1907 John Mauchly (30 Aug 1907; 8 Jan 1980) American physicist and engineer, who with John P. Eckert invented (1946) the Electronic Numerical Integrator and Computer (ENIAC), the first general-purpose electronic computer. Mauchly initially conceived of the computer's architecture, and Eckert possessed the engineering skills to bring the idea to life. ENIAC was developed (1946) for the US Army Ordnance Department as what was probably the first general-purpose electronic computer. It was a vast machine, consuming 100 kW of electric power and containing 18,000 electronic valves. Their successful UNIVAC computer (1951) was the first commercial computer, and introduced magnetic tape for programming.*TIS

1907 Gordon Stanley Brown (August 30, 1907 in Australia – August 23, 1996 in Tucson, Arizona) was a professor of electrical engineering at MIT. He originated many of the concepts behind automatic-feedback control systems and the numerical control of machine tools.[1] From 1959 to 1968, he served as the dean of MIT's engineering school. With his former student Donald P. Campbell, he wrote Principles of Servomechanisms in 1948, which is still a standard reference in the field.

1912 E.M. Purcell (30 Aug 1912; 7 Mar 1997) American physicist who shared, with Felix Bloch of the United States, the Nobel Prize for Physics in 1952 for his independent discovery (1946) of nuclear magnetic resonance in liquids and in solids. Nuclear magnetic resonance (NMR) has become widely used to study the molecular structure of pure materials and the composition of mixtures. The method detects and measures the magnetic fields of atomic nuclei. *TIS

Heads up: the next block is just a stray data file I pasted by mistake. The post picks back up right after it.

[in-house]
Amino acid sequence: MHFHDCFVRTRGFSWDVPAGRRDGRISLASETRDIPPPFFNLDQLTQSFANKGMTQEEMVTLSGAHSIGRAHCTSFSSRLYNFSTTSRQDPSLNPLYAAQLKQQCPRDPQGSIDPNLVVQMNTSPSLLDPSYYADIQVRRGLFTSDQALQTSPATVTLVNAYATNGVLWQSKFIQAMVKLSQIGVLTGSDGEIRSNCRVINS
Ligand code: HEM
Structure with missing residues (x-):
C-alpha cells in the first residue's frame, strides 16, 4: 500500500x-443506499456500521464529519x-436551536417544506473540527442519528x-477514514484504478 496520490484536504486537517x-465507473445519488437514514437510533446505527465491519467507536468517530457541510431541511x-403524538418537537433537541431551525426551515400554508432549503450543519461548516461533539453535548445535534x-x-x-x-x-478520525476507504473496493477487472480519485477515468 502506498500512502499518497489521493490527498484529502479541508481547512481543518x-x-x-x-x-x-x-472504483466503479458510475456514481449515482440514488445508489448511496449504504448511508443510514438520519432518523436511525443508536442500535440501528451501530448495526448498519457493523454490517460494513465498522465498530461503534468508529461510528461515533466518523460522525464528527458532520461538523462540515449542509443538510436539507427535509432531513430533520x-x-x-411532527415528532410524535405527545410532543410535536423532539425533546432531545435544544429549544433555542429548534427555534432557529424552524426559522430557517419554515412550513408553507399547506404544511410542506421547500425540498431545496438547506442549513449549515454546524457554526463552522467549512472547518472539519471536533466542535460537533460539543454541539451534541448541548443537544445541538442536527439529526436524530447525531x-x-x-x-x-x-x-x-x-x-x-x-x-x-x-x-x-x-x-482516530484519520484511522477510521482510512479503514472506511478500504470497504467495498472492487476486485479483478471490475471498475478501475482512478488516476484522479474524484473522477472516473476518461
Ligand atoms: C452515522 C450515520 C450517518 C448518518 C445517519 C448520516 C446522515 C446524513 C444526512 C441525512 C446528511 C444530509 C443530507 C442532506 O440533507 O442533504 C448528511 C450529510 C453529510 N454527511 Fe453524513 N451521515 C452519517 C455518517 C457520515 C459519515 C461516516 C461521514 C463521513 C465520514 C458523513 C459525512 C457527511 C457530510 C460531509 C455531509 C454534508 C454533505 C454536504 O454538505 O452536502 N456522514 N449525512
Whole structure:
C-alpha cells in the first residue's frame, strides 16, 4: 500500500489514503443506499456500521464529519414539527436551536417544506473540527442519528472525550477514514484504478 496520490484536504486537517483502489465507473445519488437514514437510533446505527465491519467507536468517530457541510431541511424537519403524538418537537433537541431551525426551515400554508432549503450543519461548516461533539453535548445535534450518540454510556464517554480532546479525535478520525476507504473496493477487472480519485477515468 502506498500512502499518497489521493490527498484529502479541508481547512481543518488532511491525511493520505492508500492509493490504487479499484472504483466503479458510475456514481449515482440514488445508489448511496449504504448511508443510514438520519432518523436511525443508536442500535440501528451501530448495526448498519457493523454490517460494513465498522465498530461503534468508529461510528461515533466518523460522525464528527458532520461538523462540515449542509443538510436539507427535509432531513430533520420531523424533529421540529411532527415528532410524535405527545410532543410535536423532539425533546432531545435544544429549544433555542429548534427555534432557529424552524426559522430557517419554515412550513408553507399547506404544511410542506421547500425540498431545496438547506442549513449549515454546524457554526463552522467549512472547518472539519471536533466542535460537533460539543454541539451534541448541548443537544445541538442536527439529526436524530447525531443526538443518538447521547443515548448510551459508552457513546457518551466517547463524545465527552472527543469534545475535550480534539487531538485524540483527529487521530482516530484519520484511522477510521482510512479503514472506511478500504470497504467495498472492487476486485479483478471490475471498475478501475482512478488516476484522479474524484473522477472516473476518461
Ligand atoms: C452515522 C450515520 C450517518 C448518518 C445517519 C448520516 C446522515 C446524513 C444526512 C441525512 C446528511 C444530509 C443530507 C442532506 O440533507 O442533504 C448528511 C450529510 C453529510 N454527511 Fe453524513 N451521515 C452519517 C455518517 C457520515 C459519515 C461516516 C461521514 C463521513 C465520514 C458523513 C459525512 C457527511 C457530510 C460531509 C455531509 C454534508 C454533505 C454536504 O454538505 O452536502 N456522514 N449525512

DEATHS

1621 Baha' ad-Din al-Amili (27 Feb 1547 in Baalbek, now in Lebanon - 30 Aug 1621 in Isfahan, Iran) was a Lebanese-born mathematician who wrote influential works on arithmetic, astronomy and grammar. Perhaps his most famous mathematical work was Quintessence of Calculation which was a treatise in ten sections, strongly influenced by The Key to Arithmetic (1427) by Jamshid al-Kashi. *SAU

1844 Francis Baily   (28 Apr 1774, 30 Aug 1844)English astronomer who detected the phenomenon called "Baily's beads" during an annular eclipse of the Sun on 15 May 1836. His vivid description aroused new interest in the study of eclipses. After retiring in 1825 from a successful business career, Baily turned to science. Baily revised several star catalogs, repeated Henry Cavendish's experiments to determine the density of the Earth, and measured its elliptical shape. His protests regarding the British Nautical Almanac, then notorious for its errors, were instrumental in bringing about its reform.*TIS  A really nice discussion of the many contributions of Baily is in this post at The Renaissance Mathematicus, To whet your appetite, " Baily’s Flamsteed memoir had a major influence on the history and the  historiography of science; he had succeeded in pricking Newton’s  hagiographic bubble. St Isaac had been taken down a peg or two. Baily’s  work marks a turning point in our understanding of Newton moving him  along the road from plastic saint to real, if somewhat unpleasant, human  being. Sometimes editing star catalogues can lead to unexpected results  for the history of science."